Wind Monitoring when Working on Roofs
Working at height on roofs is some of the most dangerous work that can be undertaken, even with the strict health and safety at work regulations here in the UK. Despite modern technology and the use of innovative new safety solutions, a fall from height remains one of the most common causes of fatalities in the workplace here in Britain. Carrying out a thorough risk assessment before beginning any work on a roof will enable you to minimise any risks, especially if the roof features collective protection equipment like rooftop demarcation barriers which keep workers away from the edge and other hazards. However, when working on roofs, there are some hazards that remain way beyond human control and the most common of these is the wind. While the wind speed at ground level may be fairly slow, once you’re on a roof, even a one-storey roof, wind speed can increase significantly and add to the dangers.
This is where wind speed monitors come into play. Installing a wind speed monitoring solution is a great way of making sure that work at height is not carried out in conditions that are so windy that work should be stopped in order to ensure safety. Because the severity and duration of adverse weather conditions is notoriously difficult to predict and the weather can change so rapidly, contractors need to find ways to keep an eye on the weather in order to ensure maximum safety on building projects. This is where wind monitoring equipment can help – it enables contractors to monitor wind speeds (whether on construction sites, roofs, tall structures or cranes) and ensure that the appropriate health and safety procedures are followed.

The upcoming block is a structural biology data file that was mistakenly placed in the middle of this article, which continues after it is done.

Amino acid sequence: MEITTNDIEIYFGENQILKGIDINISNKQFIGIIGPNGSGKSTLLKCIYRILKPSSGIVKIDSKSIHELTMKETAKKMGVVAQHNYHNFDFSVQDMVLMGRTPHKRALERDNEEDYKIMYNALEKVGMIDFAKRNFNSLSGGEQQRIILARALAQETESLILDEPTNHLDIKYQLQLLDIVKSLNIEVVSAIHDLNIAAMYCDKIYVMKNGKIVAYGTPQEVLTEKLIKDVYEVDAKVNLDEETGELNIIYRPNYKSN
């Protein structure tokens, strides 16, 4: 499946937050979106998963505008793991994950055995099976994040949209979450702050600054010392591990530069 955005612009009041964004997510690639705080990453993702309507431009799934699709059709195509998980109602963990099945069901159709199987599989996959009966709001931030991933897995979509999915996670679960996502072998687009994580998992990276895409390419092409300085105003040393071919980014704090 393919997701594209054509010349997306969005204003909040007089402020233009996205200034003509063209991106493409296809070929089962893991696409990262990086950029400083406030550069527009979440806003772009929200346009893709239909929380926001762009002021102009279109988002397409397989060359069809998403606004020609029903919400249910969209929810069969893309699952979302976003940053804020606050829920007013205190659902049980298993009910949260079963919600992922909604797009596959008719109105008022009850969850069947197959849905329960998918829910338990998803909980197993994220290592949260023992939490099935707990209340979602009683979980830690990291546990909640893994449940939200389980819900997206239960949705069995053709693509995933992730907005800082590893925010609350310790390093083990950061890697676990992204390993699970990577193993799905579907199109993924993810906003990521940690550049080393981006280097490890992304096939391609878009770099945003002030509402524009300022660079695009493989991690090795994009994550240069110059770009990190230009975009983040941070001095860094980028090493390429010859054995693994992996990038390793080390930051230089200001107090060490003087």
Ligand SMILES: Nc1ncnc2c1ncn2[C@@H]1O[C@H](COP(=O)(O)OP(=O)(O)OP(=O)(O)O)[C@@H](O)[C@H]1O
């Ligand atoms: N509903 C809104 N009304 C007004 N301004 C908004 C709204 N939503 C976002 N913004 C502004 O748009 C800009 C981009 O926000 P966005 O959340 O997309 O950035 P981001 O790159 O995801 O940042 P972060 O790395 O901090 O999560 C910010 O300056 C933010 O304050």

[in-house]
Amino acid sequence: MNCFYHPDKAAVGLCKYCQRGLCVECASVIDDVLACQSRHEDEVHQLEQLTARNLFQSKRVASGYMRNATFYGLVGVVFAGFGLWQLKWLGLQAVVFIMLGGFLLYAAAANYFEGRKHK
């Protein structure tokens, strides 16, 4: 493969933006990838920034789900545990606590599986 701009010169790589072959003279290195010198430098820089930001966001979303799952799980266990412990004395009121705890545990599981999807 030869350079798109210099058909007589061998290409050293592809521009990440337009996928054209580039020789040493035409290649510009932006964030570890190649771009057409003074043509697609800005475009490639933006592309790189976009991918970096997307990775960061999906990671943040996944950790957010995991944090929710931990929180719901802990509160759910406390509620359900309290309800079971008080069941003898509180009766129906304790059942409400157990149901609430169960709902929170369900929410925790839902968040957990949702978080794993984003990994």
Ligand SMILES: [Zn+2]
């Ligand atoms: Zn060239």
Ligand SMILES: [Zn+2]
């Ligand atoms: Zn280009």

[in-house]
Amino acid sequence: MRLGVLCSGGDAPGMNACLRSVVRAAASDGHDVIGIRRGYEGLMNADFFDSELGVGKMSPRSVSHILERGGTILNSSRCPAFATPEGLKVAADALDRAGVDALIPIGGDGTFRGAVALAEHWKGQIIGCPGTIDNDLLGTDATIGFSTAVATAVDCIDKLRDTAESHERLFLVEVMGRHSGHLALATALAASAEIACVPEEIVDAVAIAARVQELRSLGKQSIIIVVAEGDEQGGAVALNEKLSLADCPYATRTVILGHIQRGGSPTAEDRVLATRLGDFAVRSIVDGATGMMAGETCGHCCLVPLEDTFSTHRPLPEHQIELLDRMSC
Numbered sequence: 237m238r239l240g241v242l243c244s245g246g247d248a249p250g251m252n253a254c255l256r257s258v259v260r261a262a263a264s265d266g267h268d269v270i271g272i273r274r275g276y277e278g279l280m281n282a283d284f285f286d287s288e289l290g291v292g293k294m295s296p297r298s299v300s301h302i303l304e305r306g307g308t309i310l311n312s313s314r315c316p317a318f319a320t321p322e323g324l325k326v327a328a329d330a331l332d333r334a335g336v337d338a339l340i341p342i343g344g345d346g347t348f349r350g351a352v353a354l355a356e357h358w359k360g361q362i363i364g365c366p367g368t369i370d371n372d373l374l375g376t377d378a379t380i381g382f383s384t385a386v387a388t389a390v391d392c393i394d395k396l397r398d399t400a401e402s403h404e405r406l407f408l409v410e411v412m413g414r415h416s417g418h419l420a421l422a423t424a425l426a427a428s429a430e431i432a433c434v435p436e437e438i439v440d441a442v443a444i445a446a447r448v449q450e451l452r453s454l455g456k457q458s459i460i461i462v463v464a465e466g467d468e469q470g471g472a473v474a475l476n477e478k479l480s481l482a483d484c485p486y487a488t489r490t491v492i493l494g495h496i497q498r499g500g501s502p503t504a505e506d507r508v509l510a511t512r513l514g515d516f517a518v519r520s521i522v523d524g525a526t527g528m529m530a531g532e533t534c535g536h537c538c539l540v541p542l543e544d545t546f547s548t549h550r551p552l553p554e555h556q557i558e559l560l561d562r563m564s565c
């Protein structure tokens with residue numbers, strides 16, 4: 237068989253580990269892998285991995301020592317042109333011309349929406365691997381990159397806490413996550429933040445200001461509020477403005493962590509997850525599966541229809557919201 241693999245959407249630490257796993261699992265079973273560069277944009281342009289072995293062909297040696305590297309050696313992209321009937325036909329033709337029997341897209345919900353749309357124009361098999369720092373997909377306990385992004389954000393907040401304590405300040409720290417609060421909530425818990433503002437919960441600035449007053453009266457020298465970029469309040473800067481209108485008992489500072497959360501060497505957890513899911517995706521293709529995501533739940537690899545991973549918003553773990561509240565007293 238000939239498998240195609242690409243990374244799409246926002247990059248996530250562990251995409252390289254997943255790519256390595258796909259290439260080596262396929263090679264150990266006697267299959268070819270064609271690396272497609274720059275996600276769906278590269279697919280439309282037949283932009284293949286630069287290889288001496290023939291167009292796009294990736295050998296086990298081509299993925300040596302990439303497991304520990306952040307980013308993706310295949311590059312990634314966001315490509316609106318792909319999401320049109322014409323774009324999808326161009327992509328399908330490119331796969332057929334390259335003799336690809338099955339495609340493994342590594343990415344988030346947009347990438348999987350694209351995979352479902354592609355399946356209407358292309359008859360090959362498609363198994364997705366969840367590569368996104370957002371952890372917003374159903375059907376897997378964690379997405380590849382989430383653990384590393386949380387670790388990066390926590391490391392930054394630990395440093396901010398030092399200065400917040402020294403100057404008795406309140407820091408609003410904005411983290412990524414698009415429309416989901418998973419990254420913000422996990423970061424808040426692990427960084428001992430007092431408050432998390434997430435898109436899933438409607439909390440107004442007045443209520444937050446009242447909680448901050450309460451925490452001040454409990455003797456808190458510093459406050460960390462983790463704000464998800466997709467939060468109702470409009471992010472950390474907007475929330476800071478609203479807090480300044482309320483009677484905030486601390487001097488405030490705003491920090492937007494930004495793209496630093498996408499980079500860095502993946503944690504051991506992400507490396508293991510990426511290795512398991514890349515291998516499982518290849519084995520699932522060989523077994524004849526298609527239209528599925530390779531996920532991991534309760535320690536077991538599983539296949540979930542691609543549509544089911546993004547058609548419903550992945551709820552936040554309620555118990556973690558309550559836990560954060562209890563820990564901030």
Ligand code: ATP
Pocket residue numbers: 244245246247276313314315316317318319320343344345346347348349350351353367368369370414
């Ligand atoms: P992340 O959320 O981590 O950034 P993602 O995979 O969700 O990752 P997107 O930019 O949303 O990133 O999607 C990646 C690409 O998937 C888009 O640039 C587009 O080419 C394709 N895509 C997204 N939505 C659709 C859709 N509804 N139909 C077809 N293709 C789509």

Maintaining safe levels of operation is essential in the construction industry in order to comply with health and safety legislation. Failure to maintain safe levels can lead to fatal or life-changing accidents for workers and costly compensation claims for employers.
Modern technology has enabled the manufacturers of wind speed monitors to develop solutions that provide live maximum wind speed and wind direction data that can be used to enhance the decision making process and comply with health and safety legislation. Some monitors will deliver up to date information on wind speed to computers and mobile phones in real time via GSM wireless communication for reliable monitoring at all times.
Not only does the use of a wind speed monitor improve health and safety compliance, it can also minimise downtime and the costs incurred when facing project delays. In cases of dispute, a monitor that provides full historical back-up of wind data which can be used for accurate assessment of wind conditions at any time over the history of a project. The downtime disputes often take place months after the event so incontrovertible evidence of any weather incidents is essential. Finding a method of accurately logging wind conditions has been difficult in the past but this is no longer the case. Innovative digital technology can provide detailed information that can be used to settle downtime disputes but the data used must be accurate in order for it to be effective.